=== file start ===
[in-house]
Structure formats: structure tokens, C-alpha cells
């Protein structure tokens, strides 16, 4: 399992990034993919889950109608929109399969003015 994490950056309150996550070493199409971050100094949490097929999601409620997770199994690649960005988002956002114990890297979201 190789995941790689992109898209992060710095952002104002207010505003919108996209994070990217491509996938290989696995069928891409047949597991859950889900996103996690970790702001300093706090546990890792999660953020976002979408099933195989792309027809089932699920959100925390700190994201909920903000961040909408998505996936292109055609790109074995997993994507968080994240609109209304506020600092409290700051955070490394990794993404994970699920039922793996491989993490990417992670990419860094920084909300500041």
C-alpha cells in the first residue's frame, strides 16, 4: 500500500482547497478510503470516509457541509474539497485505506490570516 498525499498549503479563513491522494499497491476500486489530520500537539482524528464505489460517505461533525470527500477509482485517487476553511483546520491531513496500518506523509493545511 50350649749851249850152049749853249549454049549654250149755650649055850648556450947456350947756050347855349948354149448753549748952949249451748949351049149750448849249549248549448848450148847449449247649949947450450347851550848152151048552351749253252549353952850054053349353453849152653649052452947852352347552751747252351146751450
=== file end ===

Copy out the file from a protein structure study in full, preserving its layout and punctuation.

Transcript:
[in-house]
Structure formats: structure tokens, C-alpha cells
């Protein structure tokens, strides 16, 4: 399992990034993919889950109608929109399969003015 994490950056309150996550070493199409971050100094949490097929999601409620997770199994690649960005988002956002114990890297979201 190789995941790689992109898209992060710095952002104002207010505003919108996209994070990217491509996938290989696995069928891409047949597991859950889900996103996690970790702001300093706090546990890792999660953020976002979408099933195989792309027809089932699920959100925390700190994201909920903000961040909408998505996936292109055609790109074995997993994507968080994240609109209304506020600092409290700051955070490394990794993404994970699920039922793996491989993490990417992670990419860094920084909300500041």
C-alpha cells in the first residue's frame, strides 16, 4: 500500500482547497478510503470516509457541509474539497485505506490570516 498525499498549503479563513491522494499497491476500486489530520500537539482524528464505489460517505461533525470527500477509482485517487476553511483546520491531513496500518506523509493545511 50350649749851249850152049749853249549454049549654250149755650649055850648556450947456350947756050347855349948354149448753549748952949249451748949351049149750448849249549248549448848450148847449449247649949947450450347851550848152151048552351749253252549353952850054053349353453849152653649052452947852352347552751747252351146751450